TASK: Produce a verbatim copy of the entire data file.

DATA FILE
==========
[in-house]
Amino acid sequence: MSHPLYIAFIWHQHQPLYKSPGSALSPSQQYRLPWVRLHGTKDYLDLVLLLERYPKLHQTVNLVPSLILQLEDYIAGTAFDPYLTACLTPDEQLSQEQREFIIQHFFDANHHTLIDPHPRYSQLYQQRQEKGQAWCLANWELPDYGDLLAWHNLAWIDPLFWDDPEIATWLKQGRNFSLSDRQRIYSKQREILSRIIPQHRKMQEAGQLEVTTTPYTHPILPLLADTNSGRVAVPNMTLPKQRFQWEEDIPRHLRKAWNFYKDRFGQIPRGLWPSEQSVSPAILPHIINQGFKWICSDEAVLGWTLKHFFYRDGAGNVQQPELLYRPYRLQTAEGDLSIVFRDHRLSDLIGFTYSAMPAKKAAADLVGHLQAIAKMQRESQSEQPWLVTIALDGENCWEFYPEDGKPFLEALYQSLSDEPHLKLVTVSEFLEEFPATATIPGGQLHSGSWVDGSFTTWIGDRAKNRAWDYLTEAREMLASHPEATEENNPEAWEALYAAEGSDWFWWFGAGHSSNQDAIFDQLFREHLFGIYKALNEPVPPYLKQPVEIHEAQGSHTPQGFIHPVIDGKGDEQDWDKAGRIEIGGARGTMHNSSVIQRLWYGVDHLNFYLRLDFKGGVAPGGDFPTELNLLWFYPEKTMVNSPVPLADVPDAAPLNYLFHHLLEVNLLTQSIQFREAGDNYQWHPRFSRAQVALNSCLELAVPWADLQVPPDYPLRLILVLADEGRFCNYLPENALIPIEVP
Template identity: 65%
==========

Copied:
[in-house]
Amino acid sequence: MSHPLYIAFIWHQHQPLYKSPGSALSPSQQYRLPWVRLHGTKDYLDLVLLLERYPKLHQTVNLVPSLILQLEDYIAGTAFDPYLTACLTPDEQLSQEQREFIIQHFFDANHHTLIDPHPRYSQLYQQRQEKGQAWCLANWELPDYGDLLAWHNLAWIDPLFWDDPEIATWLKQGRNFSLSDRQRIYSKQREILSRIIPQHRKMQEAGQLEVTTTPYTHPILPLLADTNSGRVAVPNMTLPKQRFQWEEDIPRHLRKAWNFYKDRFGQIPRGLWPSEQSVSPAILPHIINQGFKWICSDEAVLGWTLKHFFYRDGAGNVQQPELLYRPYRLQTAEGDLSIVFRDHRLSDLIGFTYSAMPAKKAAADLVGHLQAIAKMQRESQSEQPWLVTIALDGENCWEFYPEDGKPFLEALYQSLSDEPHLKLVTVSEFLEEFPATATIPGGQLHSGSWVDGSFTTWIGDRAKNRAWDYLTEAREMLASHPEATEENNPEAWEALYAAEGSDWFWWFGAGHSSNQDAIFDQLFREHLFGIYKALNEPVPPYLKQPVEIHEAQGSHTPQGFIHPVIDGKGDEQDWDKAGRIEIGGARGTMHNSSVIQRLWYGVDHLNFYLRLDFKGGVAPGGDFPTELNLLWFYPEKTMVNSPVPLADVPDAAPLNYLFHHLLEVNLLTQSIQFREAGDNYQWHPRFSRAQVALNSCLELAVPWADLQVPPDYPLRLILVLADEGRFCNYLPENALIPIEVP
Template identity: 65%